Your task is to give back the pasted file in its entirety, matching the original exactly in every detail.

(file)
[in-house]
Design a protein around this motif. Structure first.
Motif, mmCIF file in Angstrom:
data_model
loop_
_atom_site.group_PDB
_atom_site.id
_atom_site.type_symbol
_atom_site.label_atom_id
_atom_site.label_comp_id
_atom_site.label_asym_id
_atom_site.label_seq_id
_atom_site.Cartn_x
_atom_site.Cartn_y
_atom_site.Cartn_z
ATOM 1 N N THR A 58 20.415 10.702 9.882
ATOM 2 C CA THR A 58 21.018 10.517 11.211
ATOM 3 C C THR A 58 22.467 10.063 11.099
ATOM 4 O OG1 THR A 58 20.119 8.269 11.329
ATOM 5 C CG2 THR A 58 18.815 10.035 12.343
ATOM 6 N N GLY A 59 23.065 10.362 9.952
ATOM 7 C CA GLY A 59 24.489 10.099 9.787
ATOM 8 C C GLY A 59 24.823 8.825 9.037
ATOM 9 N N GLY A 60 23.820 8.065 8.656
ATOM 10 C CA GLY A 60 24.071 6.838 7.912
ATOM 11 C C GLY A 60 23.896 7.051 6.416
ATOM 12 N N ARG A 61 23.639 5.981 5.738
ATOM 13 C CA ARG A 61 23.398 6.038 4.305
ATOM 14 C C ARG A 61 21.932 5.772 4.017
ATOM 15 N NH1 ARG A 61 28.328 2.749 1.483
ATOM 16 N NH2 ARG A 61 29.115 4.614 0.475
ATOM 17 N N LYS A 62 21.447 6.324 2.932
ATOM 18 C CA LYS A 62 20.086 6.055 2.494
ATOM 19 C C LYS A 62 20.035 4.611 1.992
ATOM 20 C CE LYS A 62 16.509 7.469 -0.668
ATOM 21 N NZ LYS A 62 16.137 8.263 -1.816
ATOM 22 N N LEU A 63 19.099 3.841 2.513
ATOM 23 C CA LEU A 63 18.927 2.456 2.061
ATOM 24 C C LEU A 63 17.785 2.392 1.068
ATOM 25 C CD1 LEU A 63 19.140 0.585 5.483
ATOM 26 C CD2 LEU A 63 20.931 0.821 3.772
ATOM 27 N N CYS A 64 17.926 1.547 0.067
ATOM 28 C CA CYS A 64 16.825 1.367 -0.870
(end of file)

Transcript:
[in-house]
Design a protein around this motif. Structure first.
Motif, mmCIF file in Angstrom:
data_model
loop_
_atom_site.group_PDB
_atom_site.id
_atom_site.type_symbol
_atom_site.label_atom_id
_atom_site.label_comp_id
_atom_site.label_asym_id
_atom_site.label_seq_id
_atom_site.Cartn_x
_atom_site.Cartn_y
_atom_site.Cartn_z
ATOM 1 N N THR A 58 20.415 10.702 9.882
ATOM 2 C CA THR A 58 21.018 10.517 11.211
ATOM 3 C C THR A 58 22.467 10.063 11.099
ATOM 4 O OG1 THR A 58 20.119 8.269 11.329
ATOM 5 C CG2 THR A 58 18.815 10.035 12.343
ATOM 6 N N GLY A 59 23.065 10.362 9.952
ATOM 7 C CA GLY A 59 24.489 10.099 9.787
ATOM 8 C C GLY A 59 24.823 8.825 9.037
ATOM 9 N N GLY A 60 23.820 8.065 8.656
ATOM 10 C CA GLY A 60 24.071 6.838 7.912
ATOM 11 C C GLY A 60 23.896 7.051 6.416
ATOM 12 N N ARG A 61 23.639 5.981 5.738
ATOM 13 C CA ARG A 61 23.398 6.038 4.305
ATOM 14 C C ARG A 61 21.932 5.772 4.017
ATOM 15 N NH1 ARG A 61 28.328 2.749 1.483
ATOM 16 N NH2 ARG A 61 29.115 4.614 0.475
ATOM 17 N N LYS A 62 21.447 6.324 2.932
ATOM 18 C CA LYS A 62 20.086 6.055 2.494
ATOM 19 C C LYS A 62 20.035 4.611 1.992
ATOM 20 C CE LYS A 62 16.509 7.469 -0.668
ATOM 21 N NZ LYS A 62 16.137 8.263 -1.816
ATOM 22 N N LEU A 63 19.099 3.841 2.513
ATOM 23 C CA LEU A 63 18.927 2.456 2.061
ATOM 24 C C LEU A 63 17.785 2.392 1.068
ATOM 25 C CD1 LEU A 63 19.140 0.585 5.483
ATOM 26 C CD2 LEU A 63 20.931 0.821 3.772
ATOM 27 N N CYS A 64 17.926 1.547 0.067
ATOM 28 C CA CYS A 64 16.825 1.367 -0.870